Smoking and asthma
Many times you have come across statutory warnings like “smoking kills”, “smoking is bad for health”, etc. Smoking is not only a potential health hazard but is dangerous for asthma patients. It’s one of those worst triggers of asthma and in no way it can be supported. Let’s analyse the impacts of smoking on asthma patients.
Effects of smoking on asthma patients
- Smokers who have asthma experience complication of respiratory symptoms- like reduced lung function, increase in airway inflammation. Control over asthma is worsened and there’s decline in response to asthma medications.
- When you smoke, you become more prone to COPD. On the top of that when you have asthma, then the complications of COPD overlap with asthma which further complicates the treatment.
- Not only active smoking, but second hand smoking is also detrimental for asthma patients. It can trigger asthma thereby making a person gasp for breath. Wheezing, coughing and increased frequency of asthma attacks are also experienced when exposed to second hand smoke.
- Morbidity rate of smokers with asthma are higher than non smokers.
How does smoking trigger asthma?
Cigarette smoke contains tobacco and several thousand of harmful chemical particles and gases. When you inhale the smoke, it immediately irritates the moist lining of the airways and asthma attack is triggered.
Tobacco smoke also damages the hair-like structures of the airways, known as cilia. They help to eradicate dust and mucus out of the passages. When the cilia is damaged, dust and mucus settle in the airways, which triggers asthma attack.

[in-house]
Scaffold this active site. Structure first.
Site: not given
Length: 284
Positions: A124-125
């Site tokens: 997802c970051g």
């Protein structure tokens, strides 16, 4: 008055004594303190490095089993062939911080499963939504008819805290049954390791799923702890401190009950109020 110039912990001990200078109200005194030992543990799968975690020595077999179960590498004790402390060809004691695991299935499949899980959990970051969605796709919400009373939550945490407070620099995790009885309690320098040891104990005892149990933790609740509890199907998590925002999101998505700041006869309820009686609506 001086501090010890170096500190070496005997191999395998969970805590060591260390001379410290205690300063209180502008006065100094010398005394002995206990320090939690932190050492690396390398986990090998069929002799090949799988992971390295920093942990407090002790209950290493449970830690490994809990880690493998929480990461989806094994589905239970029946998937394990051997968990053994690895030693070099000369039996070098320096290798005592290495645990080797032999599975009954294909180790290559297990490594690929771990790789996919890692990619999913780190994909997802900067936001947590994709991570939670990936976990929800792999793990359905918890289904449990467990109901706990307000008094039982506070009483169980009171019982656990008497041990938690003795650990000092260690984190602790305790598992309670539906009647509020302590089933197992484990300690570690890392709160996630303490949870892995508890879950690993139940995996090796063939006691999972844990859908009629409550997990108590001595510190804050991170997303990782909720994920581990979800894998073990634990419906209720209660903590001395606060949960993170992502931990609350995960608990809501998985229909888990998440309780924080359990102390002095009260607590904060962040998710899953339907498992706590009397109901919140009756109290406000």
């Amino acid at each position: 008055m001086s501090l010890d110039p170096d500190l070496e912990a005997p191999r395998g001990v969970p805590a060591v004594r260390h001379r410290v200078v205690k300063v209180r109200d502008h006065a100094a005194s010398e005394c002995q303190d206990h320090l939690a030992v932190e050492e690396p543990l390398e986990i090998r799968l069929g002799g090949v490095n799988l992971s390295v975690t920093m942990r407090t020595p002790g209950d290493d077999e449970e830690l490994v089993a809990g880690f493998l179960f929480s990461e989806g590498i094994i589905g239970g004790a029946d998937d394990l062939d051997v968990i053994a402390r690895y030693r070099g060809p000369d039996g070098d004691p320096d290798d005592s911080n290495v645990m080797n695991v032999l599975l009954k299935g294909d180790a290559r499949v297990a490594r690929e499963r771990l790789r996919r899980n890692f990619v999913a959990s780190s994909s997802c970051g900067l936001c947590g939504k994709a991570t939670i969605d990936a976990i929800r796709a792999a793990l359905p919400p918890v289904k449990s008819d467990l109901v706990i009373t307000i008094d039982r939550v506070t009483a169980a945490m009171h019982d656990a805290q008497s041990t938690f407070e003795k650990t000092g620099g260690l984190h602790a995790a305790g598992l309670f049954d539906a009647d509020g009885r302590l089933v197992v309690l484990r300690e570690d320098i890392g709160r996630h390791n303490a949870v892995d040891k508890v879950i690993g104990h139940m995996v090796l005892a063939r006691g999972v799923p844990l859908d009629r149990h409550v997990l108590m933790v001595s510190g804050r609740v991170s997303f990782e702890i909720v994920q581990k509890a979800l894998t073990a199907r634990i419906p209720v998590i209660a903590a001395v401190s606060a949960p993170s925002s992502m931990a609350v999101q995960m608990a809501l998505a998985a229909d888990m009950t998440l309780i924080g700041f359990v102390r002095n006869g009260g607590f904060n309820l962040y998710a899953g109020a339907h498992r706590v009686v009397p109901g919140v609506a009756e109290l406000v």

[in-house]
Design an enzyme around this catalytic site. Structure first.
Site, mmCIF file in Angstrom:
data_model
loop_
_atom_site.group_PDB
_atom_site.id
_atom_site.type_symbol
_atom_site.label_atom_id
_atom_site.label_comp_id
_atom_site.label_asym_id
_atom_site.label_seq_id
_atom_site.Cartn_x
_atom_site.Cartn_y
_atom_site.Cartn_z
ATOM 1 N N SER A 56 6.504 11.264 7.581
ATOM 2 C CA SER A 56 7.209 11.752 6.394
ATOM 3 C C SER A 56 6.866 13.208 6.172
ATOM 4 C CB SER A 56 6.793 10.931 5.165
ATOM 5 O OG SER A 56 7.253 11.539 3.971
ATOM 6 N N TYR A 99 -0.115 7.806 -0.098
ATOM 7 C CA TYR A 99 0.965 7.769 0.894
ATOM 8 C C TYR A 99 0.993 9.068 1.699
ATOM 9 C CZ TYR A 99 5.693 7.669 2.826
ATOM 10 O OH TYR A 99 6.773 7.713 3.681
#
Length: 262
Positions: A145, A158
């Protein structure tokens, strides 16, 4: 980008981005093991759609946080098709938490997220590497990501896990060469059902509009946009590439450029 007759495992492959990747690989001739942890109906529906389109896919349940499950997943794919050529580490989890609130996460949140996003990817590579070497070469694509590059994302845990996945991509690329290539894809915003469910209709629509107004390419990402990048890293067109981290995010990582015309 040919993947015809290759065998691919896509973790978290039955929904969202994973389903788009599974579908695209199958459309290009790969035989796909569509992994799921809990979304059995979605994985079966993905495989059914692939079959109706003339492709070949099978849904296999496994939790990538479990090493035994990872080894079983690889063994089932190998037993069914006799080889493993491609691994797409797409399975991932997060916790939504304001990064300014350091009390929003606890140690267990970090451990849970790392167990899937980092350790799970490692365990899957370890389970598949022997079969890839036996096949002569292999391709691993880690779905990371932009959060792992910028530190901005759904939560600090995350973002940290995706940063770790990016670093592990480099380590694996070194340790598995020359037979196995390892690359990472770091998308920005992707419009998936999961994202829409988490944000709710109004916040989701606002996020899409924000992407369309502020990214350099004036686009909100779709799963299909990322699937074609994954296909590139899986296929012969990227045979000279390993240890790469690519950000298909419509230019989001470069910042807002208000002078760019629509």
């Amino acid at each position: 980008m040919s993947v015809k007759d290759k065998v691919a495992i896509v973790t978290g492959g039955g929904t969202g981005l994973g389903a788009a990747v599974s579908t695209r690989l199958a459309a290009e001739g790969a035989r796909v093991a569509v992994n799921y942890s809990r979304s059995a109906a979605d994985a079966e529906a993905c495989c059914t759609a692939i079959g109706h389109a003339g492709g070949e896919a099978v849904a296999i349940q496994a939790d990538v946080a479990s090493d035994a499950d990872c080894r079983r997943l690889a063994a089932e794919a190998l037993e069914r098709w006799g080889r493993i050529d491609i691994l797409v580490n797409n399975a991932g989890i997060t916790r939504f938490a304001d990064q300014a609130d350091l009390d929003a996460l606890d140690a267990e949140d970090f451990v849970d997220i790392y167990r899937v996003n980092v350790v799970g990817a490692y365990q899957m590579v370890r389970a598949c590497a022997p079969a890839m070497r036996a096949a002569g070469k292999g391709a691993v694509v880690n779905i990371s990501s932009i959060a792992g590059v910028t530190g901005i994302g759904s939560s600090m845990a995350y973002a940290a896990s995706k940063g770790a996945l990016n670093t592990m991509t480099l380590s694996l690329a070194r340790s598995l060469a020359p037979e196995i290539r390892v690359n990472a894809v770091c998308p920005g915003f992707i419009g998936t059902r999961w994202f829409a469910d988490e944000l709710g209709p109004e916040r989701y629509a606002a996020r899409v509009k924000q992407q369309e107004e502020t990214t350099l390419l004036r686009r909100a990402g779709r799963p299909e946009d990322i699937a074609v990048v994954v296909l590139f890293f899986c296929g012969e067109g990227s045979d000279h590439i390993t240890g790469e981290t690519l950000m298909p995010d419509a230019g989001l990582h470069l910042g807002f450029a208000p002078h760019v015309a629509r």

Active and second hand smoke, both are dangerous for the lungs and the air passages.
How does exposure to smoke affect asthma in children?
Children with asthma when exposed to second-hand smoke are more seriously affected than adults. Their airways get severely inflamed and mucus accumulates faster. As they grow, their lung function declines, making them vulnerable to respiratory disorders. It increases frequency of asthma with poorly controlled symptoms.
Kids when exposed to heavy doses of second hand smoke can also acquire asthma.
Can an unborn child have asthma when the pregnant mother smokes?
Yes. Pregnant mothers who smoke during pregnancy are 10 times more likely to give birth to a baby with asthma than those who do not. Nicotine and other tinctures in tobacco smoke can directly come in contact with the baby via the mother’s bloodstream and affect the lungs. The consequence is- the baby is born with asthma.
Quit smoking to prevent asthma- How is it possible?
If you do not want that asthma to bother you, then you have to quit smoking. Smoking is an addiction and quitting is not an overnight affair. All you need to do is give a hearty try for the sake of your health. You can resort to the following means…
- Educate and prepare yourself to quit smoking. Introspect on a healthy “smoking and asthma free” life and its benefits. Choose a date and swear not to smoke only for your better health
- Seek counselling. If you cannot do it on own, take help from your doctor or counsellor. Biofeedback therapies help to quit smoking
- Check with your doctor about the nicotine replacement products (gum, lozenges, and patches) and nicotine-free prescription medicines to get rid of smoking
- Apart from quitting smoking, you need to protect your child as well as yourself from getting exposed to second-hand smoke. Be cautious about your environment and people you are hanging out with.
Managing asthma is completely possible and the best way is to conscientiously quit smoking and reduce exposure to passive smoking. You are bound to notice improvement within a few days to a few months and the good effect will last for lifetime.
Date last updated: January 27, 2015